no fucking idea. How can you make decisions or issue orders to people if you don't know what they're going to have to go through? Great sergeants will tell you that they
won't ask you to do anything they wouldn't do themselves. This is something
I have always carried in my heart; lead from the front. I had to know what it
was like at the lowest level, to be faced with horrible decisions and circumstances.
So, bro, I hope that answers your question.
The US's greatest failing right now is its inability to sell its vision to
the rest of the world. Countries can have different ways of looking at the world,
but working together legally, economically, and politically in order to ensure
security and trust benefits everyone. Because the US hasn't explained itself,
other countries suspect us of wanting to take everyone over. Other countries
think we just want their oil. They think we don't care about them. What's worse,
Americans think that the rest of the world is stupid and beyond hope. The 2004
election was horrible for me because Americans want to be led by someone
who can find words for their feelings, but instead they're given mumbo-jumbo
about protecting homeland security, and all their most basic instincts for
survival are being kowtowed to. How can we convince the rest of the world
that we're just trying to create a free-flowing system for prosperity if we
think it'd be easier to just turn all that sand into a fucking parking lot,
or invade the froggies, or destroy the UN?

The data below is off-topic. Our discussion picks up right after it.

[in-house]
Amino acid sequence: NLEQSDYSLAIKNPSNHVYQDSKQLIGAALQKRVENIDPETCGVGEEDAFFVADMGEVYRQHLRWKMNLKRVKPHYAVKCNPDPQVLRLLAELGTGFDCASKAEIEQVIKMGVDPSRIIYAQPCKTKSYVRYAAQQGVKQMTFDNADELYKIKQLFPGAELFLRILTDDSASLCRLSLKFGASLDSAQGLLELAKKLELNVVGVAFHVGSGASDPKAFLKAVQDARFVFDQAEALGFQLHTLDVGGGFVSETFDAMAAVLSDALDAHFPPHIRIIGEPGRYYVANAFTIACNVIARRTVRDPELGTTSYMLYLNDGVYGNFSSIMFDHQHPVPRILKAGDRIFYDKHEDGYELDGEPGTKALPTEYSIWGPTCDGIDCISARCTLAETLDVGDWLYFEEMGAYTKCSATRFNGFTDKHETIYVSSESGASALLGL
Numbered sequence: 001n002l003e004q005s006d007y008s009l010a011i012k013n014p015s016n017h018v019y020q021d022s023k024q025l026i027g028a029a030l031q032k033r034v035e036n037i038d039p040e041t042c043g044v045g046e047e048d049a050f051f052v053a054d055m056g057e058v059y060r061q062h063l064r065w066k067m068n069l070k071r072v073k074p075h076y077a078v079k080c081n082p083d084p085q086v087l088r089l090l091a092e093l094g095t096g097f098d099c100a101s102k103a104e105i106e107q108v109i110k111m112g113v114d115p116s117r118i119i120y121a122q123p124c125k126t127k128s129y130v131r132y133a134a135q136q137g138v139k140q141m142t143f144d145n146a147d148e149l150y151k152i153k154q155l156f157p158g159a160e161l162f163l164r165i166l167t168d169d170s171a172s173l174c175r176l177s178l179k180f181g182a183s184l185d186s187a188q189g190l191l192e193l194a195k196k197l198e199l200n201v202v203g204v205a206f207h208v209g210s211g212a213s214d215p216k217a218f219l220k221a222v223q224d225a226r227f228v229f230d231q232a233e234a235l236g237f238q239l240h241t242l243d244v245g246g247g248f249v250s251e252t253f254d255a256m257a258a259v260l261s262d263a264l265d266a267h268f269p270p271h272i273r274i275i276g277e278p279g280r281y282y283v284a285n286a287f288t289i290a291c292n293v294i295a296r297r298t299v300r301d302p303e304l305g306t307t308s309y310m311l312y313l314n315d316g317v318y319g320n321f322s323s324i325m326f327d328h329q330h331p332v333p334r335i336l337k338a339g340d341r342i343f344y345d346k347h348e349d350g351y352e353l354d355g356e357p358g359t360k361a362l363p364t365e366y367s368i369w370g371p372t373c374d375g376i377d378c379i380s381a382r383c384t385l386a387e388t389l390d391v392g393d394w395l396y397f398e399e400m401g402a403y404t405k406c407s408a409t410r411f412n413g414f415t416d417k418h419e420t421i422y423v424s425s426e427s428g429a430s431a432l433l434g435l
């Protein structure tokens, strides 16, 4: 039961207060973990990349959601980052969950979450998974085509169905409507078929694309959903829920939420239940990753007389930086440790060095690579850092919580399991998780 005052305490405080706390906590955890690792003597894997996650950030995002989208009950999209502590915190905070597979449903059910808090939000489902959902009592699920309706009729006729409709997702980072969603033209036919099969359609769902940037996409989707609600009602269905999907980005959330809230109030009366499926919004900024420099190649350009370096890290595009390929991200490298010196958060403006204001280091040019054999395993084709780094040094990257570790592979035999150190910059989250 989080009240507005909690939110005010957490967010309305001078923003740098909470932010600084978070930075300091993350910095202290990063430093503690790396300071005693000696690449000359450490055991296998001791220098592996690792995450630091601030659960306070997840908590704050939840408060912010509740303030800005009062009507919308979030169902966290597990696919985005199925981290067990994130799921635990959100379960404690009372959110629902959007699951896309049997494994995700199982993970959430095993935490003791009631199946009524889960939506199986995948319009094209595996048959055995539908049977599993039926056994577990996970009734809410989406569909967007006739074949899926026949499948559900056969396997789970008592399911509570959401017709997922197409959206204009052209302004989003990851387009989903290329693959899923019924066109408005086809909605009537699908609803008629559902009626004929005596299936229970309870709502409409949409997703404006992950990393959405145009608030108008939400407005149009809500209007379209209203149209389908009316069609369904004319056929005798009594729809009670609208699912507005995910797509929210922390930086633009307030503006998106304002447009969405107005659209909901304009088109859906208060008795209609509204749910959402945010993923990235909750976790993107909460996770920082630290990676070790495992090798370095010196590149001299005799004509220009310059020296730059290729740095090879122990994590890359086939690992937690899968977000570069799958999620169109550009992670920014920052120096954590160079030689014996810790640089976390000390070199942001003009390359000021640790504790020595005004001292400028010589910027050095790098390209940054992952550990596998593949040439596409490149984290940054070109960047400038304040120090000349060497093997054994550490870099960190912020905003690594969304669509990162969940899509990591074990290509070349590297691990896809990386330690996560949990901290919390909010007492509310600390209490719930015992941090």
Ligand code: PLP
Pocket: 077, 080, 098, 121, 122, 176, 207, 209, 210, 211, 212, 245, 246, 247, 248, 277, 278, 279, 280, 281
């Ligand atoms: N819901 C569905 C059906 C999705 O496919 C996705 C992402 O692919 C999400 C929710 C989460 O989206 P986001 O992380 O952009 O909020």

The president needs to step up and be a true leader. I know it appeals to red-blooded Americans to have a guy who says he's going to take on all comers, but he's never fought! Other people have fought for him his whole life! In that way, he can never be a leader. What Bush really needs to do to be a leader is educate his own people about what the US is about and what
responsibility we have as the only real versatile military in the world and the largest
market in the world. Life, liberty, and the pursuit of happiness are things
we can begin to guarantee for EVERYONE in the world, not just for Americans.
Bush needs to say that our own security depends on giving hope to disconnected
countries because when those people are protected and can provide to their
families, then they'll eventually work to defend that on their own. Terrorists will
become personae non grata there. More money will flow around the world, and terrorism will not have a home.
I desperately want to work in foreign policy, with a strong background in international
security. I want the intel community to turn into a highly adaptive, versatile,
and efficient powerhouse that is always many steps ahead of its closest competition,
and not laughed at as a clueless, blinded bureaucracy. I want the military to be
transformed into something more appropriate for today's environment. I want everyone
to understand how business, politics, and the military can be used together in a
constructive way, instead of how they're used now independently to intimidate others.
I know I haven't been deployed yet. That sets me back from all the experiences that fellow soldiers have faced. But I'm going in June. Gladly. I'm not bitter about having to go. I might get my limbs blown off, or I might die, but joining up made
me see what is important in life, it made me start to really think about things,
and it showed me how to use my heart. How could I live not having ever found that?
As Scrap says in "Million Dollar Baby", it's
about the magic of risking everything for a dream that no one else sees.
Lastly, joining the Army helped me figure out
why I love America, not because I've been brainwashed to be mindlessly patriotic,
but because our markets, military, and pure brainpower and motivation are capable of providing peace and prosperity and the ideas of our Constitution to the entire world.